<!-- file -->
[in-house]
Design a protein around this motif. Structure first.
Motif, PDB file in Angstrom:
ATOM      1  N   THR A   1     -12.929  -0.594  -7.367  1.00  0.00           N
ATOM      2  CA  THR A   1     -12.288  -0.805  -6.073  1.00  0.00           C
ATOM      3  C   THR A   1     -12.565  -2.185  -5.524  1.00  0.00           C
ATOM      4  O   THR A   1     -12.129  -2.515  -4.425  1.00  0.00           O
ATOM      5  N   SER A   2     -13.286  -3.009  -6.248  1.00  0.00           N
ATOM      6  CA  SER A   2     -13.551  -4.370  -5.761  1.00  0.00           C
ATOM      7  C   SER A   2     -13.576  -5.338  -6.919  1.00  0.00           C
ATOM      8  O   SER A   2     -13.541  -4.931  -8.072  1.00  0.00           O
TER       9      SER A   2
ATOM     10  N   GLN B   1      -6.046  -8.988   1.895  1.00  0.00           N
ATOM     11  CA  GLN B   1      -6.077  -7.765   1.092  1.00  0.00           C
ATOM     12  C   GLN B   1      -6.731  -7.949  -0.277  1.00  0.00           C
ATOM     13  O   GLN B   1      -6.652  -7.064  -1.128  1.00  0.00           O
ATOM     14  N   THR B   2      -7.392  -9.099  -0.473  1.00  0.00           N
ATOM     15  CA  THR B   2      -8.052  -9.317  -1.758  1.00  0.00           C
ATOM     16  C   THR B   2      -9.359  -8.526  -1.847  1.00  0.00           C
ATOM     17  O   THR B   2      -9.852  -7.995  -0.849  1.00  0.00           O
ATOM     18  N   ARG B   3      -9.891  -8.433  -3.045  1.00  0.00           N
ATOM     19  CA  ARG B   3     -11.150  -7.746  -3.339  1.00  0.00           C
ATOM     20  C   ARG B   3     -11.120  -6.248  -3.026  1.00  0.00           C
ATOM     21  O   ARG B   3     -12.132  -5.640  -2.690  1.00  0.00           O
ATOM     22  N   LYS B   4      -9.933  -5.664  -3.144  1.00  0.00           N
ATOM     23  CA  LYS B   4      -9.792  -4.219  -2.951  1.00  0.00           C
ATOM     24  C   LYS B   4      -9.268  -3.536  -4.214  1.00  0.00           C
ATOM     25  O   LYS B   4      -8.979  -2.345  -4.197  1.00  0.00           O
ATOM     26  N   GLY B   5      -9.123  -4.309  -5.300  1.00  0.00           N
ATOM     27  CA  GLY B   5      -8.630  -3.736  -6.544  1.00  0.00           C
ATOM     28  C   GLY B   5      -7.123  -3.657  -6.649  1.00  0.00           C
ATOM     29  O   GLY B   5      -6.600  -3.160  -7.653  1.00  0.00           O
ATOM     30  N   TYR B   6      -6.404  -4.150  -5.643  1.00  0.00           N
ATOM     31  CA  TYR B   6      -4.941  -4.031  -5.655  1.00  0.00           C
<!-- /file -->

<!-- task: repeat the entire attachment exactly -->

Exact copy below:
[in-house]
Design a protein around this motif. Structure first.
Motif, PDB file in Angstrom:
ATOM      1  N   THR A   1     -12.929  -0.594  -7.367  1.00  0.00           N
ATOM      2  CA  THR A   1     -12.288  -0.805  -6.073  1.00  0.00           C
ATOM      3  C   THR A   1     -12.565  -2.185  -5.524  1.00  0.00           C
ATOM      4  O   THR A   1     -12.129  -2.515  -4.425  1.00  0.00           O
ATOM      5  N   SER A   2     -13.286  -3.009  -6.248  1.00  0.00           N
ATOM      6  CA  SER A   2     -13.551  -4.370  -5.761  1.00  0.00           C
ATOM      7  C   SER A   2     -13.576  -5.338  -6.919  1.00  0.00           C
ATOM      8  O   SER A   2     -13.541  -4.931  -8.072  1.00  0.00           O
TER       9      SER A   2
ATOM     10  N   GLN B   1      -6.046  -8.988   1.895  1.00  0.00           N
ATOM     11  CA  GLN B   1      -6.077  -7.765   1.092  1.00  0.00           C
ATOM     12  C   GLN B   1      -6.731  -7.949  -0.277  1.00  0.00           C
ATOM     13  O   GLN B   1      -6.652  -7.064  -1.128  1.00  0.00           O
ATOM     14  N   THR B   2      -7.392  -9.099  -0.473  1.00  0.00           N
ATOM     15  CA  THR B   2      -8.052  -9.317  -1.758  1.00  0.00           C
ATOM     16  C   THR B   2      -9.359  -8.526  -1.847  1.00  0.00           C
ATOM     17  O   THR B   2      -9.852  -7.995  -0.849  1.00  0.00           O
ATOM     18  N   ARG B   3      -9.891  -8.433  -3.045  1.00  0.00           N
ATOM     19  CA  ARG B   3     -11.150  -7.746  -3.339  1.00  0.00           C
ATOM     20  C   ARG B   3     -11.120  -6.248  -3.026  1.00  0.00           C
ATOM     21  O   ARG B   3     -12.132  -5.640  -2.690  1.00  0.00           O
ATOM     22  N   LYS B   4      -9.933  -5.664  -3.144  1.00  0.00           N
ATOM     23  CA  LYS B   4      -9.792  -4.219  -2.951  1.00  0.00           C
ATOM     24  C   LYS B   4      -9.268  -3.536  -4.214  1.00  0.00           C
ATOM     25  O   LYS B   4      -8.979  -2.345  -4.197  1.00  0.00           O
ATOM     26  N   GLY B   5      -9.123  -4.309  -5.300  1.00  0.00           N
ATOM     27  CA  GLY B   5      -8.630  -3.736  -6.544  1.00  0.00           C
ATOM     28  C   GLY B   5      -7.123  -3.657  -6.649  1.00  0.00           C
ATOM     29  O   GLY B   5      -6.600  -3.160  -7.653  1.00  0.00           O
ATOM     30  N   TYR B   6      -6.404  -4.150  -5.643  1.00  0.00           N
ATOM     31  CA  TYR B   6      -4.941  -4.031  -5.655  1.00  0.00           C